Double Click Cosmos with light pink flowers

Partial Shade-Loving Flowers You Can Direct Sow

Not every corner of your garden is drenched in the sun! There are a few easy flowers that can tolerate partial-shade and still bloom. These shade-tolerant flowers bring color and charm to those partially shaded spots.

Calendula: Edible Flowers with Healing Properties

Calendula boasts sunny yellow and orange blooms that brighten up even partly shaded areas. Plus, calendula petals are edible and have a long history of medicinal uses. They add a pop of color to summer salads and can be used in teas.

My experience growing calendula is it makes a great companion plant in both your vegetable and flower garden. Last year, it attracted all kinds of aphids and not one of them harmed any other plants in my garden!

Vivid calendula with layers of white-tipped, yellow petals and a fiery red center, standing out among green leaves and buds in a garden
Calendula flowers

Nasturtiums: Peppery Blooms for Color and Flavor

A favorite for their unique peppery flavor, nasturtiums come in vibrant blooms of orange, yellow, and red. Both the flowers and leaves are edible, adding a peppery kick to salads and sandwiches. Their trailing varieties are perfect for hanging baskets or cascading over container edges. Nasturtiums bloom better in full sun but can handle a little shade.

I’ve started nasturtiums both indoors under grow lights and direct sowed them in the garden. To me, it’s much easier to grow them directly sowing the flowers so you don’t have to go through the hardening off process with them.

close up of nasturtium flower
Red nasturtium flower

Unique and Fun Flowers to Direct Sow in May

Add whimsy and texture to your garden with these eye-catching choices. They’re great conversation starters and offer diverse forms and uses.

Strawflowers: Perfect for Everlasting Bouquets

If you love dried flowers, strawflowers are a direct-sow dream! Their papery petals come in a rainbow of shades, from pinks and purples to blues and yellows, and last for ages in bouquets. Simply hang them upside down in a cool, dry place to preserve their color and texture.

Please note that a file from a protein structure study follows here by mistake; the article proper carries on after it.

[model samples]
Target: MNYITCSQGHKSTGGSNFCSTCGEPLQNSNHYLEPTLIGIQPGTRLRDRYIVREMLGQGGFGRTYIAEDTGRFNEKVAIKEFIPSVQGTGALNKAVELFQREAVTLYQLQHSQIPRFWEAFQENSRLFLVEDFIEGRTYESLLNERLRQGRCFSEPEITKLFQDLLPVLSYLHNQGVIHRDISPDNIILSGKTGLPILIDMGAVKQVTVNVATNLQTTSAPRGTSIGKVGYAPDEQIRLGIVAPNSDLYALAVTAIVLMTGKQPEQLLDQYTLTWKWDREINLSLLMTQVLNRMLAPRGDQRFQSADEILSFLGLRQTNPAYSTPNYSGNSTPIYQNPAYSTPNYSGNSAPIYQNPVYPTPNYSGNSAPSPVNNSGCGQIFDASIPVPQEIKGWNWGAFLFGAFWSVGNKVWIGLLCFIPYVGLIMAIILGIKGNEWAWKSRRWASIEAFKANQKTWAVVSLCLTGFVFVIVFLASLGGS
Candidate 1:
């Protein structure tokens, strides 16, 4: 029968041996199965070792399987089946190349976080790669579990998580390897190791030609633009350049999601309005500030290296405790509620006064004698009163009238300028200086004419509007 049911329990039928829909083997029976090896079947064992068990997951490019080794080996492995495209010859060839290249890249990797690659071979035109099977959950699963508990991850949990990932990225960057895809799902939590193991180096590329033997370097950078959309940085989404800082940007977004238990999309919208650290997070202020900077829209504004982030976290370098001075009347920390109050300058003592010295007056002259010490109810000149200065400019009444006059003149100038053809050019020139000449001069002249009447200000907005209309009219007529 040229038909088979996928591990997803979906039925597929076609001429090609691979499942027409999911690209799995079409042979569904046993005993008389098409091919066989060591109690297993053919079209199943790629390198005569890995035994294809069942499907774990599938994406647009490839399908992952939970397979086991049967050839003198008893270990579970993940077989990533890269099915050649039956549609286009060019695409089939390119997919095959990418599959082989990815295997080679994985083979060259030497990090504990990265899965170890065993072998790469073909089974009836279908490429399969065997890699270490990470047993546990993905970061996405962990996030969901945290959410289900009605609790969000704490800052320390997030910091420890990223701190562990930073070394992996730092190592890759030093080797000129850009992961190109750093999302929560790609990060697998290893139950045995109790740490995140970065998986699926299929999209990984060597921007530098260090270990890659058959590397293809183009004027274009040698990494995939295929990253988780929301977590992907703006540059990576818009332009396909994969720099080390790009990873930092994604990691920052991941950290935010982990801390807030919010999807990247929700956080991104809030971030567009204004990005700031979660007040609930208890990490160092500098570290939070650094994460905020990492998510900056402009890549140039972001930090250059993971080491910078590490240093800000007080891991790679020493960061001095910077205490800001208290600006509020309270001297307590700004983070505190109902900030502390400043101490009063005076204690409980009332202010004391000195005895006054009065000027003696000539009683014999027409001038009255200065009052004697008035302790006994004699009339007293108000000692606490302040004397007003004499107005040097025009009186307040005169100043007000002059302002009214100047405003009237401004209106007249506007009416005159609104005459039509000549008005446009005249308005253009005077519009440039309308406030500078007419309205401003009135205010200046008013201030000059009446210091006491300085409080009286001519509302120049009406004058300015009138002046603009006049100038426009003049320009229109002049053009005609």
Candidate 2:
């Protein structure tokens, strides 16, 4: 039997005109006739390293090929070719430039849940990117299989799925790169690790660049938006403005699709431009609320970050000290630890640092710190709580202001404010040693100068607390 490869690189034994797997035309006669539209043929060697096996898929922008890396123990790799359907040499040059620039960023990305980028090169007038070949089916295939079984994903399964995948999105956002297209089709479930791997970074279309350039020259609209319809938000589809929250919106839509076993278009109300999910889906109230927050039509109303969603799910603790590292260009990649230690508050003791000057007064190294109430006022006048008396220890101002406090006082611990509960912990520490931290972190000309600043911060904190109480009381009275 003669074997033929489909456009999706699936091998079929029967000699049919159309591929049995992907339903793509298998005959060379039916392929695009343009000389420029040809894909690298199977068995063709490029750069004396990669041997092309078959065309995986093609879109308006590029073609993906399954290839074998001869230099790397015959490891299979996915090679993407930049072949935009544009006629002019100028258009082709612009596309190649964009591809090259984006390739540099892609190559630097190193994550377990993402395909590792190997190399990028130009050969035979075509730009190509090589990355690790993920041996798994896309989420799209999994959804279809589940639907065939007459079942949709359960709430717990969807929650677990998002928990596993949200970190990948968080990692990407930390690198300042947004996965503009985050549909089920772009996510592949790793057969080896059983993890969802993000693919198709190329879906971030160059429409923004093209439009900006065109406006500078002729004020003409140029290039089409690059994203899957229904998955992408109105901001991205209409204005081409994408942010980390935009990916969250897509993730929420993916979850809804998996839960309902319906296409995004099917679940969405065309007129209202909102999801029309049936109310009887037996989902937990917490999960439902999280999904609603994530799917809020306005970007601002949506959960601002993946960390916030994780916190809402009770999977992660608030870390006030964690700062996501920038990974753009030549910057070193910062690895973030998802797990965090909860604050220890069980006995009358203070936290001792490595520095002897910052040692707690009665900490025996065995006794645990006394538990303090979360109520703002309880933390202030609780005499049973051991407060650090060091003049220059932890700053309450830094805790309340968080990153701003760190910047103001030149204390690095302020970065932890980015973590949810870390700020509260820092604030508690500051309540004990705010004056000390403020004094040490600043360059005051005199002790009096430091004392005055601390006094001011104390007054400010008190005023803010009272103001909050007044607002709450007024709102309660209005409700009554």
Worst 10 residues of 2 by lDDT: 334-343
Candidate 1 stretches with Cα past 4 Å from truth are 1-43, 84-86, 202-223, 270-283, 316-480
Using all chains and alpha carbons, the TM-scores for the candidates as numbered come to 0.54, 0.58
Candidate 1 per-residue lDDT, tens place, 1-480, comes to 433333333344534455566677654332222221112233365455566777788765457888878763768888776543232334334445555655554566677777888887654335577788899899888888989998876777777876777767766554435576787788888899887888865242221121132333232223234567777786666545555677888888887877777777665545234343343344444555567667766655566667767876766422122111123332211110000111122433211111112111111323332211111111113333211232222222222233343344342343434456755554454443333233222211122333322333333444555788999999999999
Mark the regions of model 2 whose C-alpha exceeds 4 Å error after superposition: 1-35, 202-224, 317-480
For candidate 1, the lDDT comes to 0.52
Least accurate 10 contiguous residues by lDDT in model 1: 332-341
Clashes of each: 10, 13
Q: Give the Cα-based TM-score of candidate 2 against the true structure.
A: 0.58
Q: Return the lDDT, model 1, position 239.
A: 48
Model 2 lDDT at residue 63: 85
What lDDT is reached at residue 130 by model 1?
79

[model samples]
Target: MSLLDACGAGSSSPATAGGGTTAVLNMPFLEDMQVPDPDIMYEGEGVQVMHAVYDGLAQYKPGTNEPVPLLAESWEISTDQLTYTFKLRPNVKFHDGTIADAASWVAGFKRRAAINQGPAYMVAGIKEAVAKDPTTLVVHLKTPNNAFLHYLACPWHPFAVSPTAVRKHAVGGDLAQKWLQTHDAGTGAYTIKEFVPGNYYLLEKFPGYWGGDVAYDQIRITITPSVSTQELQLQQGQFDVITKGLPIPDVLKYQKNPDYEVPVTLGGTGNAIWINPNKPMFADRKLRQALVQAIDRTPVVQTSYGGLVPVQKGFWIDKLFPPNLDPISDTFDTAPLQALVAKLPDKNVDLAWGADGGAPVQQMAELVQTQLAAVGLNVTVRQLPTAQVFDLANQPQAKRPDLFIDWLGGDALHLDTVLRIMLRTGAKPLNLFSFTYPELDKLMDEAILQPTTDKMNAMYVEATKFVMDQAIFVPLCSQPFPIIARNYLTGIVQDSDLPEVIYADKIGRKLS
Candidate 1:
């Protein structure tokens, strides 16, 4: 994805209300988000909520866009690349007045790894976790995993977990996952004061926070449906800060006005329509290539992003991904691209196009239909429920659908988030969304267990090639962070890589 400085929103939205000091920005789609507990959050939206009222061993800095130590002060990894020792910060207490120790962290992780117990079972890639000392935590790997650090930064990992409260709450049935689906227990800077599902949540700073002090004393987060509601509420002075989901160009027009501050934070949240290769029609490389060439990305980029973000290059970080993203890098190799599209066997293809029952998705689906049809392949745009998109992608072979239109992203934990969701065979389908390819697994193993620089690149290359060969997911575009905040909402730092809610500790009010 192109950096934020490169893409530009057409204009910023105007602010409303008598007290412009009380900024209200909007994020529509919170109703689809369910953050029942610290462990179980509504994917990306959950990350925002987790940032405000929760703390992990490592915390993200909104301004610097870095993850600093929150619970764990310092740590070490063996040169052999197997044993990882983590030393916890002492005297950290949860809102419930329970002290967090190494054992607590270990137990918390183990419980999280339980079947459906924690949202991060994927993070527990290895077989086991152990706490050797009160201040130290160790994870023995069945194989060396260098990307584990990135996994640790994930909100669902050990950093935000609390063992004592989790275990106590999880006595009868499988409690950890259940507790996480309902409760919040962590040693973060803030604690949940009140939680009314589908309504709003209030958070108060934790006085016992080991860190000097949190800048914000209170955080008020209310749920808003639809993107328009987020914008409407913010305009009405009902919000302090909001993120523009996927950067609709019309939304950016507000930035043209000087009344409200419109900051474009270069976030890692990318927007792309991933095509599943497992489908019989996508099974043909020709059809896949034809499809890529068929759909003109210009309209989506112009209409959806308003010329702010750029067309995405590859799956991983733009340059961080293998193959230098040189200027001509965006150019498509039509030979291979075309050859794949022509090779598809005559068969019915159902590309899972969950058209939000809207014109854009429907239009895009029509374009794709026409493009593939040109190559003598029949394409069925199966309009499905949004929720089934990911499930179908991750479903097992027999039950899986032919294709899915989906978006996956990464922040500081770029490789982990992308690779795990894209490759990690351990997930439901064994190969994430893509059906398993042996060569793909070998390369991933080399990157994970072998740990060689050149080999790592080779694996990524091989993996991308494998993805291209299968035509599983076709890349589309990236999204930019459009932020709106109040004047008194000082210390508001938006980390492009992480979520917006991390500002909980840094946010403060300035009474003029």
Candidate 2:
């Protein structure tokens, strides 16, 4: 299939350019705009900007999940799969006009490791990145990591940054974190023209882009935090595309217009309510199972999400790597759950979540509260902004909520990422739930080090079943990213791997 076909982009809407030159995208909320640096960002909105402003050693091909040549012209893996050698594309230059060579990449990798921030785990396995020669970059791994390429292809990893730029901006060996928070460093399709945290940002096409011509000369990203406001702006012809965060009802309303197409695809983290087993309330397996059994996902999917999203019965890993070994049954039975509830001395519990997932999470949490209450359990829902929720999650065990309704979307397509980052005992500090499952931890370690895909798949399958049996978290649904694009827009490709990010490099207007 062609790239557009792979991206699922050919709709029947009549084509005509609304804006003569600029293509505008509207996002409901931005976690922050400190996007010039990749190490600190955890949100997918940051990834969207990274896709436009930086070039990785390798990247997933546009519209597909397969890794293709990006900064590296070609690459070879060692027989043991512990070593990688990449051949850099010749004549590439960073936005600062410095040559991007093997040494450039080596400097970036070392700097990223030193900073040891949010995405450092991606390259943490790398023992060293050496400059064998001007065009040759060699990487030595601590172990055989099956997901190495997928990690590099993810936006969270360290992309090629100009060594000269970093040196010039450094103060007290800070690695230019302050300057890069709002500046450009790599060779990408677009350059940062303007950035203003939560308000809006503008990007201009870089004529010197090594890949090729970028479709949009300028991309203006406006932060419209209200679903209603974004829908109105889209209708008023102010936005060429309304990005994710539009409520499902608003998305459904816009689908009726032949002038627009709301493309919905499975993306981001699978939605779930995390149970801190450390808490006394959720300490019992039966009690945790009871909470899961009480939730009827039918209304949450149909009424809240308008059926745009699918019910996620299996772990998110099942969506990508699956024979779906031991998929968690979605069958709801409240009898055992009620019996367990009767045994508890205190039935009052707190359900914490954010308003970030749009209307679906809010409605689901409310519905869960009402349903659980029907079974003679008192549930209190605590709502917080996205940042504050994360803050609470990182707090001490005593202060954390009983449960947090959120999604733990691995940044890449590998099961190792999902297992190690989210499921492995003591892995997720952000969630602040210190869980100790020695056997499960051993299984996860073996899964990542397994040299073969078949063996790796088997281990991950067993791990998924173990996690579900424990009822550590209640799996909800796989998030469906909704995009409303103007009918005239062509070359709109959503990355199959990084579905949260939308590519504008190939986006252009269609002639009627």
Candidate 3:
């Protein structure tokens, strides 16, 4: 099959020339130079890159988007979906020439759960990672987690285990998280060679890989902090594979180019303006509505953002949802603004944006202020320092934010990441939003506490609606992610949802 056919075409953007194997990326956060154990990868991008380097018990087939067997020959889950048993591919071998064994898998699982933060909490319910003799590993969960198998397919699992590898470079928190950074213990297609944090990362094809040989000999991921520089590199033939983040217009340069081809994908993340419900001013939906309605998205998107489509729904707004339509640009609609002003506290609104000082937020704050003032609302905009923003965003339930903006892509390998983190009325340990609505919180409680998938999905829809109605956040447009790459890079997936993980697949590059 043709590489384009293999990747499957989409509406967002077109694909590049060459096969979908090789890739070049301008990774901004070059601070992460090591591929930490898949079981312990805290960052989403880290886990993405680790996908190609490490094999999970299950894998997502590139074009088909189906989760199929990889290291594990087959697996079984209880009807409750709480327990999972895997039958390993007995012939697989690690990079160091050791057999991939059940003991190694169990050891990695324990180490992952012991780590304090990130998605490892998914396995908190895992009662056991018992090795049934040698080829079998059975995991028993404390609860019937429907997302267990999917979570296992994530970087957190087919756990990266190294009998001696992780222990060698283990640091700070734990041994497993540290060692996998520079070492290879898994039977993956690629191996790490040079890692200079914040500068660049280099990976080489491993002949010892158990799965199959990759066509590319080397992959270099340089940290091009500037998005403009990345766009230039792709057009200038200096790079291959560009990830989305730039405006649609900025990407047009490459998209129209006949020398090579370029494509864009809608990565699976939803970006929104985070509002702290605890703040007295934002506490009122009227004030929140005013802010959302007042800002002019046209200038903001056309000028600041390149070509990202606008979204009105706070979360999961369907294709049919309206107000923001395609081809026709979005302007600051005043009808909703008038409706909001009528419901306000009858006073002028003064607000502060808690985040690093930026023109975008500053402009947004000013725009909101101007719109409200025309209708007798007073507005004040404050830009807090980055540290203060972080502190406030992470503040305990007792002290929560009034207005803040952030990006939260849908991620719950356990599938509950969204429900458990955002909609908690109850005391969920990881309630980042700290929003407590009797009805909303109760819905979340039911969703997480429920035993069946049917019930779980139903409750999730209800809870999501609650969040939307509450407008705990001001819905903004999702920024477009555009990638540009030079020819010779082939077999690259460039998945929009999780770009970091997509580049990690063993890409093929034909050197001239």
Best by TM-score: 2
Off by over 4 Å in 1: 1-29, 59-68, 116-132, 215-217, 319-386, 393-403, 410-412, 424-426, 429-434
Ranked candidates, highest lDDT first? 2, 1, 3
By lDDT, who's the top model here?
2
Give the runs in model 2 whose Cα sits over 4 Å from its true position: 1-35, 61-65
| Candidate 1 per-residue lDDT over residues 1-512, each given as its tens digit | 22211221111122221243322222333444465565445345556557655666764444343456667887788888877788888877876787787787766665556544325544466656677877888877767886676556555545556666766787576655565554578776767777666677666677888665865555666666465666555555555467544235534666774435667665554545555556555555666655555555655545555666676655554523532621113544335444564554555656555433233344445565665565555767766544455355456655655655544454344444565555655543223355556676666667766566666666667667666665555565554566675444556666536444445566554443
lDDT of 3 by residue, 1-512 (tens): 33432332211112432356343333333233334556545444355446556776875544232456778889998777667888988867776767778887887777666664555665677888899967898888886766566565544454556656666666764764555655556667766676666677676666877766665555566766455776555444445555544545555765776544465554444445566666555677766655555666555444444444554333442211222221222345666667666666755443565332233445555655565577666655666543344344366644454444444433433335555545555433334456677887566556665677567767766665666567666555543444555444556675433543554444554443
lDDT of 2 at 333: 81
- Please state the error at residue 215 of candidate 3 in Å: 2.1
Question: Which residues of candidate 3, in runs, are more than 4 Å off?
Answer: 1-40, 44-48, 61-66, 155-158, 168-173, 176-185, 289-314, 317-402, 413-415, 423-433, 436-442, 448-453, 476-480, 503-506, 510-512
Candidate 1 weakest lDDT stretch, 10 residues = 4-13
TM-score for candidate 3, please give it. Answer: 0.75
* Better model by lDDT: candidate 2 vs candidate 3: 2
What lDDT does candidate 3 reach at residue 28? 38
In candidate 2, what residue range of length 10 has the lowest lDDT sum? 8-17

Strawflowers are another one of those blooms that are crazy easy to grow. I prefer to sow mine indoors under grow lights to get a jump on the season, but they can easily be directly sowed outdoors after all danger of frost passes.

A vibrant flowerbed showcasing an array of spherical strawflowers with petals in deep maroon and soft peach, set against a backdrop of lush greenery and a green fence.

Celosia: Flame-Like Blooms for Textural Interest

Known for their funky, flame-like blooms, celosia adds both texture and vibrant color to your garden beds. These heat-tolerant flowers come in a range of colors (reds, oranges, yellows, and pinks) and are a showstopper in any garden.

Celosia is one of my favorite flowers to grow because it adds tons of color and texture to both bouquets and your garden. I’ve found it to reseed itself yearly so I don’t sow seeds often; moreso when I want to grow different varieties.

close up of vibrant pink celosia flowers at sunset

Borage: Edible Flowers and Pollinator Magnet

Borage is a beautiful and beneficial addition to your garden. It draws in essential pollinators like bees and hummingbirds with its edible, star-shaped blue flowers. The fuzzy leaves have a cucumber-like flavor, perfect for adding to summer drinks or salads.

I direct sowed borage seeds for the first time last year and really enjoyed this plant! It’s another great companion plant for the garden and has the prettiest blue flowers!

borage flowers in the potager garden as a companion plant idea for the vegetable garden
Borage flowers in potager garden

Pumpkins: A Fall Favorite Started in Spring

Yes, pumpkins are flowers too! Your kids will love planting pumpkin seeds directly in the garden and watching these sprawling vines grow for a fantastic fall harvest. Choose from classic jack-o’-lantern varieties or unique decorative types.

They are super easy to start from seed and totally worth having in your garden for fall decor. Just give them lots of room to grow! If you lack space, you can easily grow pumpkins vertically. Be sure to give them a strong structure that can handle the vine and weight of the pumpkins.

More About Direct Sowing Seeds

With a little sunshine, soil, and seeds, you’ll soon enjoy a stunning display of colorful blooms. Direct sowing is the perfect way for both seasoned gardeners and beginners to create a beautiful and vibrant garden this May. So why wait? Get those seeds out there and prepare to be amazed!

What are you planning to grow? I would love to know more in the comments below. And if you have any comments, suggestions, or additional questions, please add them in the comments below. Feel free to share this post with anyone who may find it helpful. Thank you!

For more information about directly sowing seeds, please read this article from the University of Cornell Cooperative Extension.

To drill down on more beginner gardening techniques and tips, please read these posts:

Happy Gardening!

Stacy Ling

Leave a Reply

Your email address will not be published. Required fields are marked *